Do not dock pay for violations of your specific overtime rules. Any time a non-exempt employee spends working is compensable time. Instead, handle violations as a disciplinary issue.
3. Exempt vs. Non-exempt
What is the FLSA?
For purposes of this discussion we will limit this discussion to the FLSA as it applies to general business operations, and not union or governmental operations.
Before we go more in-depth, here are some basic facts about the FLSA:
- Fair Labor Standard Act. Enacted in 1930.
- Governed by the Department of Labor.
- DOL issues directives regarding the FLSA.
- DOL can act through Presidential Memorandum.
The FLSA requires employers to pay at least minimum wage to all employees and time and a half for overtime work in excess of 40 hours per week (unless superseded by specific state laws).
However, employers are not required to pay minimum wages or overtime to executive, administrative, and professional employees who satisfy the salary level and other requirements to meet one of these white collar exemptions:
- Typically the easiest to qualify when analyzing “duties test.”
- Salary Basis of $455/week ($23,660 annually).*
- Primary duty of managing the enterprise, or managing a customarily recognized department or subdivision of the enterprise.
- Must customarily and regularly direct the work of at least two other full-time or equivalent employees.
- Have the authority to hire or fire other employees.
*This could be increased to $913 per week or equivalent $47,476, but it is currently in litigation.
- Salary Basis of $455/week ($23,660 annually).
- Primary Duty must include the exercise of discretion and independent judgment with respect to matters of significance.
- Primary Duty:
The performance of office or non-manual work directly related to the management or general business operations of the employer or the employer’s customers.
- Matters of Significance:
Refers to whether an employee has the authority to formulate, affect, interpret, or implement management, policies or operating practices, whether the employee carries out major assignment in conducting operations and whether the employee has authority to commit the employer in matters of significant financial impact.
- Primary Duty:
Learned Professional Exemption:
- Employee employed in a bona fide professional capacity.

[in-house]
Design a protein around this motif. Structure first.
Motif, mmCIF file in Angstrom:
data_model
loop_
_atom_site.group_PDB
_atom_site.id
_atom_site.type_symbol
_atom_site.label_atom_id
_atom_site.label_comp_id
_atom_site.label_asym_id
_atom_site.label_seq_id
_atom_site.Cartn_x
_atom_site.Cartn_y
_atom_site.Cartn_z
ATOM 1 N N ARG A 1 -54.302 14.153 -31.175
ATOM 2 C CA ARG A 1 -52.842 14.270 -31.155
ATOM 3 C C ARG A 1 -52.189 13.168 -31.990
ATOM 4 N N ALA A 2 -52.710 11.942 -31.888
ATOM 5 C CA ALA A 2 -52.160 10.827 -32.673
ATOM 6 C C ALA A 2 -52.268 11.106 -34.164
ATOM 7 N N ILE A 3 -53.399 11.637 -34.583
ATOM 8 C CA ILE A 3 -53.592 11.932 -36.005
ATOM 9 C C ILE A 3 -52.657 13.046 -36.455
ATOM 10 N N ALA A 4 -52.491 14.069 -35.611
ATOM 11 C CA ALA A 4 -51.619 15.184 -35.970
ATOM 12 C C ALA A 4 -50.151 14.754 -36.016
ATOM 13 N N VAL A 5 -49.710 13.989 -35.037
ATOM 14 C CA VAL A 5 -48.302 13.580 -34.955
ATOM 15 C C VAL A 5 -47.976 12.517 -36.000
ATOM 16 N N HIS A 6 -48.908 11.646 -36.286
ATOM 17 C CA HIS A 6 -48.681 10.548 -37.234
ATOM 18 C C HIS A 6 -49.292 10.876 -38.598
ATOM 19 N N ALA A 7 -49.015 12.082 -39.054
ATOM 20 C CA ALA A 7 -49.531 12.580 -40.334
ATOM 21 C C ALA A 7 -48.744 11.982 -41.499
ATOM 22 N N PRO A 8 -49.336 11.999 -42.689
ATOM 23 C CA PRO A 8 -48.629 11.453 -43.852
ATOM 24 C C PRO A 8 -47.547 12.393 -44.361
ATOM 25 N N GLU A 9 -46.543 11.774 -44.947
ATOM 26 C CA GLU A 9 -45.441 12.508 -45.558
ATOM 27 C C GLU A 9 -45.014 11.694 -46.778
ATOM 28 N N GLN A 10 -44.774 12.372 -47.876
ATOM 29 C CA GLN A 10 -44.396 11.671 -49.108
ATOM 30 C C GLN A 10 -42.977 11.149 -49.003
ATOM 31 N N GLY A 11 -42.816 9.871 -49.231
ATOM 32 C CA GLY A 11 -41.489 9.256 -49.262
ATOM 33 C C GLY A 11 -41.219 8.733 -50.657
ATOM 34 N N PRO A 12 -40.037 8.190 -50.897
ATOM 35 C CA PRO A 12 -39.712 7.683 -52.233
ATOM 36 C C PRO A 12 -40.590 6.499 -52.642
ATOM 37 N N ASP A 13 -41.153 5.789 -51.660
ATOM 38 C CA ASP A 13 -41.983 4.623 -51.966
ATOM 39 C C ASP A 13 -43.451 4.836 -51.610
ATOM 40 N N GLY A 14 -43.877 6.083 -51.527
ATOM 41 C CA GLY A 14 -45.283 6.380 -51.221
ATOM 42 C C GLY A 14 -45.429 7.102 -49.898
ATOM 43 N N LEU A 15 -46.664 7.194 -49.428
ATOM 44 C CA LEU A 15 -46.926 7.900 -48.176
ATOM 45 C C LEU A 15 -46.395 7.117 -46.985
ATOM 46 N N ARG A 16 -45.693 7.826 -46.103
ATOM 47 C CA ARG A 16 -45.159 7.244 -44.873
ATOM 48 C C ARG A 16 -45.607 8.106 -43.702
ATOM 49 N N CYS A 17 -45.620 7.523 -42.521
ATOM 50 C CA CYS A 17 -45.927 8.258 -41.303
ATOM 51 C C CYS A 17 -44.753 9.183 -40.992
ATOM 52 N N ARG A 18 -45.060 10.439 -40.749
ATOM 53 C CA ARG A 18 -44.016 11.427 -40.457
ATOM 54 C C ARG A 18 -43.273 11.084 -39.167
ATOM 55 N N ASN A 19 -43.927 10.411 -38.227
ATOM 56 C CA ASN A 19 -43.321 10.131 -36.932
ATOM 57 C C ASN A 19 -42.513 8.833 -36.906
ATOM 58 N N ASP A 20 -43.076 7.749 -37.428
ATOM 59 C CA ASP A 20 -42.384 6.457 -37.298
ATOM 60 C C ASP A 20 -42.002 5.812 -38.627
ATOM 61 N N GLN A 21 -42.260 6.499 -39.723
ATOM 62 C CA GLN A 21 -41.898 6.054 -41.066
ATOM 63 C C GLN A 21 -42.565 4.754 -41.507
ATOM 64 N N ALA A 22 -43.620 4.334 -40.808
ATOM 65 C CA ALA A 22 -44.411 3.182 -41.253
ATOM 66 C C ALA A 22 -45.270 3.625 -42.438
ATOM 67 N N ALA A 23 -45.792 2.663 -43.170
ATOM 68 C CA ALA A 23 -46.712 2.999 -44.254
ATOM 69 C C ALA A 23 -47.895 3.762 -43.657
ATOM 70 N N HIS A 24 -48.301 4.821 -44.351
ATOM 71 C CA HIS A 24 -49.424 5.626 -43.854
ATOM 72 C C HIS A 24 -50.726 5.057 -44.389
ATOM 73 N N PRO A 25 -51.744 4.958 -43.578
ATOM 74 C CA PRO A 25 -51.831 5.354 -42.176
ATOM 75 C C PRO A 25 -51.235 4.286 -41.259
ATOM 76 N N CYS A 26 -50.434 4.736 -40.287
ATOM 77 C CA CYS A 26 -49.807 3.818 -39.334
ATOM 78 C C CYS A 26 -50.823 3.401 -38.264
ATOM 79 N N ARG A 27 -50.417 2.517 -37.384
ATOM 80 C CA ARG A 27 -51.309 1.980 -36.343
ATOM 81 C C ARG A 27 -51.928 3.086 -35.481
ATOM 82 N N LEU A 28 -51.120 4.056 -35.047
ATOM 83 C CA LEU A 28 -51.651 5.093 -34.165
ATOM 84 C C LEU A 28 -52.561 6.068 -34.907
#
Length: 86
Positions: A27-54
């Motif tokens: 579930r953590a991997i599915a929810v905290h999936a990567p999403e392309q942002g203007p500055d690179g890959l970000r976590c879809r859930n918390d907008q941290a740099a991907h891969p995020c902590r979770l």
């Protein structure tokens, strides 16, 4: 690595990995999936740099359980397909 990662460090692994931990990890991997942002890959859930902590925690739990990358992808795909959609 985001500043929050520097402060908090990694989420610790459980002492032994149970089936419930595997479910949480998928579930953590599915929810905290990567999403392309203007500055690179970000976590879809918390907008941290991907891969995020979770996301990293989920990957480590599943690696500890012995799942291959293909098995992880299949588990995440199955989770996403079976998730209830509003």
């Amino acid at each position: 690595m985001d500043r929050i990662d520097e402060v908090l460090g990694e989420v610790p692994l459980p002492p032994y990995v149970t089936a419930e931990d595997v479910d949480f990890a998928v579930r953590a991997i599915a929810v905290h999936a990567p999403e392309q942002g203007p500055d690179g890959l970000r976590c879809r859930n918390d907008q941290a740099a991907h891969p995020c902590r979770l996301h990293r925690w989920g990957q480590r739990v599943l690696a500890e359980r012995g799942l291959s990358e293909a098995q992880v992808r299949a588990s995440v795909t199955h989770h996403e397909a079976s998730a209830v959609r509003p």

- Salary Basis of $455/week ($23,660 annually).
- Performance of work requires advanced knowledge.
- Must be in a field of science or learning.
- Must be customarily acquired by a prolonged course of specialized intellectual instruction.
Outside Sales Employee:
- Primary Duty is making sales or obtaining orders or contracts.
- Customarily and regularly engaged away from the employer’s place of business.
Note: Employees who do not fall within any of these bona fide exemptions are deemed non-exempt, and are subject to minimum wage considerations and overtime.
4. Disciplinary Process
It’s important to have clear and well communicated rules, standards, and processes for when unacceptable behavior occurs. Rules help employee know where they stand on a range of issues.
Having defined processes and procedures allows your managers to deal with employees fairly and consistently when these rules and standards are not followed.
7 Elements of a Successful Disciplinary Process:
- If it isn’t written down, then it didn’t happen.
- The palest ink is more reliable than the best memory.
- You can’t manage what you can’t measure.
- Every employee should understand one basic truth: a respectful workplace is more pleasant and more productive for everyone.
- Unarticulated expectations are a sign of ineffective leadership.
- Listen with the intent to understand the question.
- Behavior track:
- Instruct the employee so they know better moving forward.
- The employee behaves differently because of your instruction.
- The situation is resolved. End of story.
Here are 9 Common Disciplinary Issues in the Workplace:
According to ManageElite, here are the 9 most frequent disciplinary issues in the workplace, and what impact they can have on your company.
- Attendance problems
The leading cause of disciplinary actions. Poor attendance and tardiness affect productivity and morale.
- Poor performance
That’s also very common. It impacts other employees and the organization.
- Unacceptable behavior
That can be a lot of things, depending on the situation. For instance, it may be OK to blast the radio in the warehouse, but certainly not at the reception desk in the front lobby.
- Safety violations
Employees who take risks with their safety and the safety of co-workers must be corrected quickly to avoid an accident. Safety violations include rule infractions, carelessness, risk-taking, horseplay, and so on.
Whether it is sexual, racial, verbal, physical, or any other type of harassment, it is another situation in which discipline is frequently required. Compliance with nondiscrimination laws requires you to act swiftly and effectively in these cases, stop the harassment, and deal appropriately with the harasser.
- Abuse of equipment and materials
The damage may be deliberate, but could also be the result of carelessness or unauthorized use.
- Substance abuse
It’s a growing workplace challenge that must be dealt with promptly and effectively to protect everyone’s safety and well being.
Whether the property belonged to the organization or another employee, theft could require disciplinary action, along with criminal prosecution, depending on the nature of the infraction.
- Violence or threats of violence and fighting
This must be dealt with swiftly and decisively through the disciplinary process. Depending on the severity of the offense, disciplinary action might rise to the level of suspension or outright dismissal.
Don’t forget to check back next week for part two! We’ll be covering four more common HR mistakes, how to get back on track if you have made them, and how to avoid them in the first place.